Cabinet (file format)

From Wikipedia, the free encyclopedia
Jump to navigation Jump to search
Cabinet
Cab file format icon.png
Filename extension
.cab
Internet media type
application/vnd.ms-cab-compressed
Uniform Type Identifier (UTI)public.archive.cab
UTI conformationpublic.data
public.archive
Magic numberMSCF
Developed byMicrosoft
Type of formatArchive file format

Cabinet (or CAB) is an archive-file format for Microsoft Windows that supports lossless data compression and embedded digital certificates used for maintaining archive integrity. Cabinet files have .cab filename extensions and are recognized by their first 4 bytes MSCF. Cabinet files were known originally as Diamond files.

Design[edit]

A CAB archive can contain up to 65535 folders (distinct to standard operating system directories), each of which can contain up to 65535 files. Internally, each folder is treated as a single compressed block, which provides more efficient compression than individually compressing each file.

Every entry in a folder has to be a file.[1] Due to this structure, it is not possible to store empty folders in CAB archives.

The following shows an example a CAB file structure, demonstrating the relationship between folders and files:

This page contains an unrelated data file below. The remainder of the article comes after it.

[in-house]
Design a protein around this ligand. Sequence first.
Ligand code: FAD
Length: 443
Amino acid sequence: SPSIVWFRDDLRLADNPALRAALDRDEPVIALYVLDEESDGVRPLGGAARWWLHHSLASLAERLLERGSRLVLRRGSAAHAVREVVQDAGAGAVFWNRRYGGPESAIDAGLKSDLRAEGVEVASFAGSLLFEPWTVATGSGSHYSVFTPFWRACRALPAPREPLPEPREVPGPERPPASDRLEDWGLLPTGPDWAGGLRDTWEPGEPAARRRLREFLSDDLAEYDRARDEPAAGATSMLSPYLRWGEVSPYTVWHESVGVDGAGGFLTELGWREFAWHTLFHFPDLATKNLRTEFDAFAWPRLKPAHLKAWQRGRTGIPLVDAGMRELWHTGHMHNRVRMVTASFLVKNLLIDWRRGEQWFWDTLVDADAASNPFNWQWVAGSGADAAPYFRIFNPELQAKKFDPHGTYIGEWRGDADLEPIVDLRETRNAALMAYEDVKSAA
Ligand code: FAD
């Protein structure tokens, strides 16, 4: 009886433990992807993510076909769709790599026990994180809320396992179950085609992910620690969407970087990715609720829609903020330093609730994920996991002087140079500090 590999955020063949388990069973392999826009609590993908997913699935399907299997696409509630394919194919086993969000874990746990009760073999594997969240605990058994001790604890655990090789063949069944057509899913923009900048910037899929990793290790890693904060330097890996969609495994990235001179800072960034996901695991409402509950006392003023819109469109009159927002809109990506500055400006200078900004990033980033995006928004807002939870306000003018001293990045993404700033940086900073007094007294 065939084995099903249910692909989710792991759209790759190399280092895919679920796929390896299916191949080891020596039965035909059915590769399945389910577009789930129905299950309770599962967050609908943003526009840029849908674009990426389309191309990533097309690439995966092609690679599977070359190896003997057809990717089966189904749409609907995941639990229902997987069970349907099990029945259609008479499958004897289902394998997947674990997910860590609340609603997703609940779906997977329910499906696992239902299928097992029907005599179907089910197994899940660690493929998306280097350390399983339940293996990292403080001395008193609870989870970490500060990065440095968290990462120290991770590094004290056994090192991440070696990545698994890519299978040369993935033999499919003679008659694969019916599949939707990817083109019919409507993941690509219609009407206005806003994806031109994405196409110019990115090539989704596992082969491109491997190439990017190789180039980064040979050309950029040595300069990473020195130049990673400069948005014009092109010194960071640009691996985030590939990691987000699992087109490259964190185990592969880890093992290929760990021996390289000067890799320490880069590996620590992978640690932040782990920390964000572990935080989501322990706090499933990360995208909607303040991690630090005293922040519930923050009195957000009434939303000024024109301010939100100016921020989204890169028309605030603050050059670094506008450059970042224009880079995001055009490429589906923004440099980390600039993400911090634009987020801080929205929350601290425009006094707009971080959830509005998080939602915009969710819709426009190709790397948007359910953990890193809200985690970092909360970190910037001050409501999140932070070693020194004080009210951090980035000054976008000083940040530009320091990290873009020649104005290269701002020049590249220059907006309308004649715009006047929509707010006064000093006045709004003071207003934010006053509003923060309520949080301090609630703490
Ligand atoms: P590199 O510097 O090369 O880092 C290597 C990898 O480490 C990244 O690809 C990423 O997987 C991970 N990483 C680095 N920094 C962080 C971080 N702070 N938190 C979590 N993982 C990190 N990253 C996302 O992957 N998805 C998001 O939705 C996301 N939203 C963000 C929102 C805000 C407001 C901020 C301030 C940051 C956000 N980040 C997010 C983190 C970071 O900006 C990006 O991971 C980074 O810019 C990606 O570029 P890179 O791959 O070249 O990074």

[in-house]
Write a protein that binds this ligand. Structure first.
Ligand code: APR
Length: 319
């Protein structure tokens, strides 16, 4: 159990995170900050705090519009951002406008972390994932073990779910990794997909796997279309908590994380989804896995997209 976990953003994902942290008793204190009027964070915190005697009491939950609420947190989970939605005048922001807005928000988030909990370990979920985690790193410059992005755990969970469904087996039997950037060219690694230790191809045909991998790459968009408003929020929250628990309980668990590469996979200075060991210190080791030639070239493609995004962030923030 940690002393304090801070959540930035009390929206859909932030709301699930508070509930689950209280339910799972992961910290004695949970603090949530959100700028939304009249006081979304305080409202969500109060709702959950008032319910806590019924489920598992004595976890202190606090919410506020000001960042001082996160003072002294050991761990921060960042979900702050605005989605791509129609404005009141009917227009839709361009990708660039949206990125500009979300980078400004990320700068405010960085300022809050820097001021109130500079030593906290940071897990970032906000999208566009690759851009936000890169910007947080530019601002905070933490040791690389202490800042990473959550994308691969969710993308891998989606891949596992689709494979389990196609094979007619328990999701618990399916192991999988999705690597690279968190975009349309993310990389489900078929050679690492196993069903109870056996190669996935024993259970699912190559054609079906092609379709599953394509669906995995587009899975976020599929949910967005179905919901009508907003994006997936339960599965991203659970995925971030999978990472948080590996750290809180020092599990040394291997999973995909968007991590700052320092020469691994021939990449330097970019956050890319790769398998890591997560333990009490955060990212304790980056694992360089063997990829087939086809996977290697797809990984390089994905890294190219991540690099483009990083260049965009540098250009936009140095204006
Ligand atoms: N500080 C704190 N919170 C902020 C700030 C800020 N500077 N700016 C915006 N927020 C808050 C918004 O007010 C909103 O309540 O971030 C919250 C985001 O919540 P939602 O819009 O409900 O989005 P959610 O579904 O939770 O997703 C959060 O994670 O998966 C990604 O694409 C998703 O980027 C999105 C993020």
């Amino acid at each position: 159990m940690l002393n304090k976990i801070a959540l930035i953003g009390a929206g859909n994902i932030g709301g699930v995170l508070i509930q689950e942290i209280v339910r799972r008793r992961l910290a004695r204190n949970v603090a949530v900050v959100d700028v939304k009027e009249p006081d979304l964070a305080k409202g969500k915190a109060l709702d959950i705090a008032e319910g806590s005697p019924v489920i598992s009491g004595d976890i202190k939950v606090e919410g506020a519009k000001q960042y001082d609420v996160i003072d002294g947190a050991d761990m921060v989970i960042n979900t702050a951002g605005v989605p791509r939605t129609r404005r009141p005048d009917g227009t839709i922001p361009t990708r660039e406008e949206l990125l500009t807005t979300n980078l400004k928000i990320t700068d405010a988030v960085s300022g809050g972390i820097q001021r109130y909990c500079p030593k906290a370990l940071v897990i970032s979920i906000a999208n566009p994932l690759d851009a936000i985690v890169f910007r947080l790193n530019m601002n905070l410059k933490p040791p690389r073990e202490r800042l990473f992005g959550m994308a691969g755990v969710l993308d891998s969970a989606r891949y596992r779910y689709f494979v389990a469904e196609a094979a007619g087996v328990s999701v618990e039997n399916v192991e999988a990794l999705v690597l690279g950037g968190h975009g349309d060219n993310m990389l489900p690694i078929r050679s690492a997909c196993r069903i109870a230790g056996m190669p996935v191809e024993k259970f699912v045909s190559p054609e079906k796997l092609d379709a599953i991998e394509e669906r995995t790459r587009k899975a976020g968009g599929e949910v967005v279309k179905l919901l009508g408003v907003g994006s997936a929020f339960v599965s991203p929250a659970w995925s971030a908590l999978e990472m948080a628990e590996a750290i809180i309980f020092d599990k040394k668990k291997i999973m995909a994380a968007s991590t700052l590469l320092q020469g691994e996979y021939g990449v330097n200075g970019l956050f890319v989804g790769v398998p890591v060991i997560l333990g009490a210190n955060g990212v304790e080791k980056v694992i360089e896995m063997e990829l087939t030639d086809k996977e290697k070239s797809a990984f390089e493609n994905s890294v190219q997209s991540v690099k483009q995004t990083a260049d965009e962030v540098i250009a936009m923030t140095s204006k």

• CAB file
    • First folder
      • Records/Student_01.tsv
      • Records/Photos/Student_01.jpg
    • Second folder
      • Records/Student_02.tsv
      • Records/Photos/Student_02.jpg

How paths should be handled is not specified in the CAB file format, leaving it to the software implementation:

  • Some affix file paths to filenames only, as if all files in a CAB archive are in a single folder. IExpress works this way, as does Microsoft Windows Explorer, which can open CAB archives as a folder.
  • Some can store the paths, and upon extraction, create folders as necessary. CABARC.EXE and EXTRACT.EXE (tools from Microsoft Cabinet SDK[2]) as well as lcab[3] and cabextract[4] (third-party open-source tools) work this way.
  • EXPAND.EXE, only since version 6 (which is included from Windows Vista to above) can extract files to their paths. The previous versions don't do it.[5]

The CAB file format may employ the following compression algorithms:

A CAB archive can reserve empty spaces in the archive as well as for each file in the archive, for some application-specific uses like digital signatures or arbitrary data.

Implementations[edit]

Microsoft Windows supports creating CAB archive files using the makecab command-line utility. It supports extracting the contents of a CAB archive files using File Explorer, Setup API, and using the command-line commands expand.exe,[7] extract.exe and extrac32.exe.[8][9]

Other well-known software with CAB archive support includes WinZip, WinRAR or 7-Zip. The aforementioned cabextract is a common tool for GNU/Linux systems[citation needed]. However, fewer programs can create CAB archives. For a full list, see Comparison of file archivers § archive formats.

Uses[edit]